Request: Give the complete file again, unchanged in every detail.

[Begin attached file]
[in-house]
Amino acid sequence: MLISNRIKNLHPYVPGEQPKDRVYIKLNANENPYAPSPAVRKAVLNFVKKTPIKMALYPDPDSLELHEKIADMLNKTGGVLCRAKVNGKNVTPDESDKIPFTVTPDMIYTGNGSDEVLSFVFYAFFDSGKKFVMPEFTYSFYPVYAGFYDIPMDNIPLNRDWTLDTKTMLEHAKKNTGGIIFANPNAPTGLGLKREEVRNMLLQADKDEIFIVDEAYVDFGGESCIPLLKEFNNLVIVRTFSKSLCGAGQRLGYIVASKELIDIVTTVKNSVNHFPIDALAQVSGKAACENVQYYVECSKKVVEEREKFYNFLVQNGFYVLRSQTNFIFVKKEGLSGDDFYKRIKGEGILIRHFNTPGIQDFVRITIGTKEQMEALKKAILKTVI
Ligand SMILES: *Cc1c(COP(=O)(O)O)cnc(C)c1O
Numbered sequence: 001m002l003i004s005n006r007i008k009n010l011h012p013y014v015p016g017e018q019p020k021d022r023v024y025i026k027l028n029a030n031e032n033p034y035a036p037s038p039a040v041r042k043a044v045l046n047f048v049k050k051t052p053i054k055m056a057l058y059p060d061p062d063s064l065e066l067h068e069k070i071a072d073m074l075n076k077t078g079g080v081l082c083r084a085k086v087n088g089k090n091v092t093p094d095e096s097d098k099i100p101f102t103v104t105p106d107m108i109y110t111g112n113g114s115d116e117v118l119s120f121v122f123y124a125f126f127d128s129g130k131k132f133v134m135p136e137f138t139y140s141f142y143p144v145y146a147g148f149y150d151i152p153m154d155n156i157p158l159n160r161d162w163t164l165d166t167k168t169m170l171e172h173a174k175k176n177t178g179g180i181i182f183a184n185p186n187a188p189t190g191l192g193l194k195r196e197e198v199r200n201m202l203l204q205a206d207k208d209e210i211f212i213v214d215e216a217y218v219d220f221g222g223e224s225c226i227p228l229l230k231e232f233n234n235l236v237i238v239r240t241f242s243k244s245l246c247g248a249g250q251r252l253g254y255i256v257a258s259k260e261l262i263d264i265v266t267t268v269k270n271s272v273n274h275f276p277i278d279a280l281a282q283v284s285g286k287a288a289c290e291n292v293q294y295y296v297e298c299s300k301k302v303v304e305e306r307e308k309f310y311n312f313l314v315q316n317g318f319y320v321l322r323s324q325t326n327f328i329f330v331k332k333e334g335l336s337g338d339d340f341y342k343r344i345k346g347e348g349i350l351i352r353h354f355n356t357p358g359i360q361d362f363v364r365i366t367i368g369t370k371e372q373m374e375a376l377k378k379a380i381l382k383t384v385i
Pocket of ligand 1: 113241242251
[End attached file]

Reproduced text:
[in-house]
Amino acid sequence: MLISNRIKNLHPYVPGEQPKDRVYIKLNANENPYAPSPAVRKAVLNFVKKTPIKMALYPDPDSLELHEKIADMLNKTGGVLCRAKVNGKNVTPDESDKIPFTVTPDMIYTGNGSDEVLSFVFYAFFDSGKKFVMPEFTYSFYPVYAGFYDIPMDNIPLNRDWTLDTKTMLEHAKKNTGGIIFANPNAPTGLGLKREEVRNMLLQADKDEIFIVDEAYVDFGGESCIPLLKEFNNLVIVRTFSKSLCGAGQRLGYIVASKELIDIVTTVKNSVNHFPIDALAQVSGKAACENVQYYVECSKKVVEEREKFYNFLVQNGFYVLRSQTNFIFVKKEGLSGDDFYKRIKGEGILIRHFNTPGIQDFVRITIGTKEQMEALKKAILKTVI
Ligand SMILES: *Cc1c(COP(=O)(O)O)cnc(C)c1O
Numbered sequence: 001m002l003i004s005n006r007i008k009n010l011h012p013y014v015p016g017e018q019p020k021d022r023v024y025i026k027l028n029a030n031e032n033p034y035a036p037s038p039a040v041r042k043a044v045l046n047f048v049k050k051t052p053i054k055m056a057l058y059p060d061p062d063s064l065e066l067h068e069k070i071a072d073m074l075n076k077t078g079g080v081l082c083r084a085k086v087n088g089k090n091v092t093p094d095e096s097d098k099i100p101f102t103v104t105p106d107m108i109y110t111g112n113g114s115d116e117v118l119s120f121v122f123y124a125f126f127d128s129g130k131k132f133v134m135p136e137f138t139y140s141f142y143p144v145y146a147g148f149y150d151i152p153m154d155n156i157p158l159n160r161d162w163t164l165d166t167k168t169m170l171e172h173a174k175k176n177t178g179g180i181i182f183a184n185p186n187a188p189t190g191l192g193l194k195r196e197e198v199r200n201m202l203l204q205a206d207k208d209e210i211f212i213v214d215e216a217y218v219d220f221g222g223e224s225c226i227p228l229l230k231e232f233n234n235l236v237i238v239r240t241f242s243k244s245l246c247g248a249g250q251r252l253g254y255i256v257a258s259k260e261l262i263d264i265v266t267t268v269k270n271s272v273n274h275f276p277i278d279a280l281a282q283v284s285g286k287a288a289c290e291n292v293q294y295y296v297e298c299s300k301k302v303v304e305e306r307e308k309f310y311n312f313l314v315q316n317g318f319y320v321l322r323s324q325t326n327f328i329f330v331k332k333e334g335l336s337g338d339d340f341y342k343r344i345k346g347e348g349i350l351i352r353h354f355n356t357p358g359i360q361d362f363v364r365i366t367i368g369t370k371e372q373m374e375a376l377k378k379a380i381l382k383t384v385i
Pocket of ligand 1: 113241242251